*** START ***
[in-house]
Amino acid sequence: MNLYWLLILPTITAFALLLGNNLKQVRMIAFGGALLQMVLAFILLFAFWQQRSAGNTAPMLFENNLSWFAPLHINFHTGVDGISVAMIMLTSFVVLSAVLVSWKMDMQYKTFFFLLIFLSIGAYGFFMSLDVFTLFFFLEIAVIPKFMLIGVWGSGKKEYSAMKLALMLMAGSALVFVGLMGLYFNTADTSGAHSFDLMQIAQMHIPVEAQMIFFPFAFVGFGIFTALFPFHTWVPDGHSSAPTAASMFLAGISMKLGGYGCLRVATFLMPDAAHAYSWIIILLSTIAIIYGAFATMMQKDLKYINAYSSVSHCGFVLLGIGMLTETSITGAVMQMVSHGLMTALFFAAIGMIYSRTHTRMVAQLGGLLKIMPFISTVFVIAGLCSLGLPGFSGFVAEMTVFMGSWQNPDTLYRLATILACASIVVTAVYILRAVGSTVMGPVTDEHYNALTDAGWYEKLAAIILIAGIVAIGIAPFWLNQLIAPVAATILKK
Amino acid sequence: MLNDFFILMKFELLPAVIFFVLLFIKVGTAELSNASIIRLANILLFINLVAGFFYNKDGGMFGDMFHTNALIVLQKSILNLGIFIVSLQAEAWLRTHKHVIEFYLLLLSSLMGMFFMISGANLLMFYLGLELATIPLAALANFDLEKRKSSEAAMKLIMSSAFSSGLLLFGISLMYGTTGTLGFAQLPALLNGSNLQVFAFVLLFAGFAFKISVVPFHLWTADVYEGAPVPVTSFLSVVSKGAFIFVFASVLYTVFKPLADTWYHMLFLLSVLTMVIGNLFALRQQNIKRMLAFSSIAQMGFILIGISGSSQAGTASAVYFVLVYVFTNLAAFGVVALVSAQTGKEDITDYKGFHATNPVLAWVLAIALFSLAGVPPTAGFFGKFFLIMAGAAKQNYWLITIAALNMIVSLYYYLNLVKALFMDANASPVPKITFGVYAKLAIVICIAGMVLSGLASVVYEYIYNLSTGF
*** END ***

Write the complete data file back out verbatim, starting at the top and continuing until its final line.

[in-house]
Amino acid sequence: MNLYWLLILPTITAFALLLGNNLKQVRMIAFGGALLQMVLAFILLFAFWQQRSAGNTAPMLFENNLSWFAPLHINFHTGVDGISVAMIMLTSFVVLSAVLVSWKMDMQYKTFFFLLIFLSIGAYGFFMSLDVFTLFFFLEIAVIPKFMLIGVWGSGKKEYSAMKLALMLMAGSALVFVGLMGLYFNTADTSGAHSFDLMQIAQMHIPVEAQMIFFPFAFVGFGIFTALFPFHTWVPDGHSSAPTAASMFLAGISMKLGGYGCLRVATFLMPDAAHAYSWIIILLSTIAIIYGAFATMMQKDLKYINAYSSVSHCGFVLLGIGMLTETSITGAVMQMVSHGLMTALFFAAIGMIYSRTHTRMVAQLGGLLKIMPFISTVFVIAGLCSLGLPGFSGFVAEMTVFMGSWQNPDTLYRLATILACASIVVTAVYILRAVGSTVMGPVTDEHYNALTDAGWYEKLAAIILIAGIVAIGIAPFWLNQLIAPVAATILKK
Amino acid sequence: MLNDFFILMKFELLPAVIFFVLLFIKVGTAELSNASIIRLANILLFINLVAGFFYNKDGGMFGDMFHTNALIVLQKSILNLGIFIVSLQAEAWLRTHKHVIEFYLLLLSSLMGMFFMISGANLLMFYLGLELATIPLAALANFDLEKRKSSEAAMKLIMSSAFSSGLLLFGISLMYGTTGTLGFAQLPALLNGSNLQVFAFVLLFAGFAFKISVVPFHLWTADVYEGAPVPVTSFLSVVSKGAFIFVFASVLYTVFKPLADTWYHMLFLLSVLTMVIGNLFALRQQNIKRMLAFSSIAQMGFILIGISGSSQAGTASAVYFVLVYVFTNLAAFGVVALVSAQTGKEDITDYKGFHATNPVLAWVLAIALFSLAGVPPTAGFFGKFFLIMAGAAKQNYWLITIAALNMIVSLYYYLNLVKALFMDANASPVPKITFGVYAKLAIVICIAGMVLSGLASVVYEYIYNLSTGF